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Infamous Kenyan Gang nabbed for hacking credit cards to buy Bitcoin

Infamous Kenyan Gang nabbed for hacking credit cards to buy Bitcoin
Justinas
Baltrusaitis
2 weeks ago
2 mins read

Kenya’s Directorate of Criminal Investigations (DCI) has arrested a group of students for allegedly hacking credit cards and using the stolen money to purchase Bitcoin

In a Twitter post on June 16, the DCI indicated that after purchasing Bitcoin, the group from Kenyatta University would convert the crypto into local currency. 

The students identified as Francis Maina Wambui Alias Nick, 26, and Zellic Alusa, 25, were arrested in Nakuru, Kenya’s fourth-largest city, during a raid following weeks of investigations.

According to the DCI, the student deployed email phishing to steal from unsuspecting victims, especially those residing abroad. During the raid, the detectives recovered five laptops, four smartphones, two wifi gadgets, three hard drives, and assorted SIM cards. 

Money spent lavishly 

The proceeds of the alleged crimes are allegedly channelled towards entertainment and purchasing of properties. Notably, during the raid, the officer confiscated a property deed believed to have been purchased using the stolen money. 

“They use the money to live lavishly, entertain young women and buy properties. Among the documents recovered in the house was a land sale agreement entered on May, 25, for a property valued at Sh 850,000 ($8,000) in Juja,” the statement read.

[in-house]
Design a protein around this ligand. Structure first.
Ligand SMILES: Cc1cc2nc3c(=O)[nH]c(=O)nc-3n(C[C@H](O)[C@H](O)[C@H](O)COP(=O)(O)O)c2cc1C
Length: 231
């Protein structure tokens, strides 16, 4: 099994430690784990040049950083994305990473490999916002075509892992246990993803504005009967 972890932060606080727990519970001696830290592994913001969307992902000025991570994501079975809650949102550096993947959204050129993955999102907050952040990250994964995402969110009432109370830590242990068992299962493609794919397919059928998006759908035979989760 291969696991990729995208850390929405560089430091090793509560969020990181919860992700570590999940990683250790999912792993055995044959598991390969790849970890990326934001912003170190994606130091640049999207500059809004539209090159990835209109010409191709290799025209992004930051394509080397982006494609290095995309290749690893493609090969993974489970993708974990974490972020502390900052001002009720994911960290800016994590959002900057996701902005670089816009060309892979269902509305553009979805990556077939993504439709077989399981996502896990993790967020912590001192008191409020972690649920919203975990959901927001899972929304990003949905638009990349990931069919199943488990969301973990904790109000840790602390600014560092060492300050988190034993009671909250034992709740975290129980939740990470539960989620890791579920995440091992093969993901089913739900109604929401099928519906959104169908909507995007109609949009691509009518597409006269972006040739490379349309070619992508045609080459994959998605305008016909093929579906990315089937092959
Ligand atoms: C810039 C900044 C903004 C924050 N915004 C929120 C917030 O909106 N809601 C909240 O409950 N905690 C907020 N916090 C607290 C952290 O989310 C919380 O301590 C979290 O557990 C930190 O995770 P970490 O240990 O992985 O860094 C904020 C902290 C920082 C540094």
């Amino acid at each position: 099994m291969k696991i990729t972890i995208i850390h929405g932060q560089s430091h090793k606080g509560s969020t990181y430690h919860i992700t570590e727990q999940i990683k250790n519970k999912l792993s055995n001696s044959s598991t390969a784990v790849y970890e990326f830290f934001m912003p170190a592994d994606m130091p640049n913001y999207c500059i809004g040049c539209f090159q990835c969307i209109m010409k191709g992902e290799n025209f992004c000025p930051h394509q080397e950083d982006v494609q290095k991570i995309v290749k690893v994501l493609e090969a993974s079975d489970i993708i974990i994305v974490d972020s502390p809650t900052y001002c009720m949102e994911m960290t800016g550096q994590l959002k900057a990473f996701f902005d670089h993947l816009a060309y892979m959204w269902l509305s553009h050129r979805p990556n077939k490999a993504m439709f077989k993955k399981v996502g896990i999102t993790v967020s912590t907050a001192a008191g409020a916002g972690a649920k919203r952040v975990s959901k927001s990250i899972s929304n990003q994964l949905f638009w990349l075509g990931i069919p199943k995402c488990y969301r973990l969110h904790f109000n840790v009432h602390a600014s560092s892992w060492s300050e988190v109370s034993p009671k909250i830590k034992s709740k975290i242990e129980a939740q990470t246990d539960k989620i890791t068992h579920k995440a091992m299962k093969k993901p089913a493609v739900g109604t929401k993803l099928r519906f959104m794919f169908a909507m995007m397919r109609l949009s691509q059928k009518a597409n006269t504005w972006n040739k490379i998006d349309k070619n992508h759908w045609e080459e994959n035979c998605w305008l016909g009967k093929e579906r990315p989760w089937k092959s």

The report added the case had been forwarded to the cyber forensic experts, who will conduct a further probe into the sophisticated crime.

Scammers thriving amid lack of regulations

Additionally, the investigative agency acknowledged that due to a lack of government oversight, cybercriminals are taking advantage of by using crypto to engage in different crimes. 

Amid the growing cryptocurrency space, Kenya has recorded a spike in related crimes like investment scams. For instance, the country’s ICT minister revealed that investors lost almost $120 million in crypto scams across 2021. 

Currently, the government is pushing for sharing ideas between stakeholders to curb such scams. Notably, Kenya is among many countries with no specific cryptocurrency regulations meaning the general regime of the law applies. 

Amid the rising cybercrime related to cryptocurrencies, the government recently unveiled a forensic lab whose purpose will partly tackle crypto-related crimes. 

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Justinas Baltrusaitis
Author

Justin crafts insightful data-driven stories on finance, banking, and digital assets. His reports were cited by many influential outlets globally like Forbes, Financial Times, CNBC, Bloomberg, Business Insider, Nasdaq.com, Investing.com, Reuters, among others.

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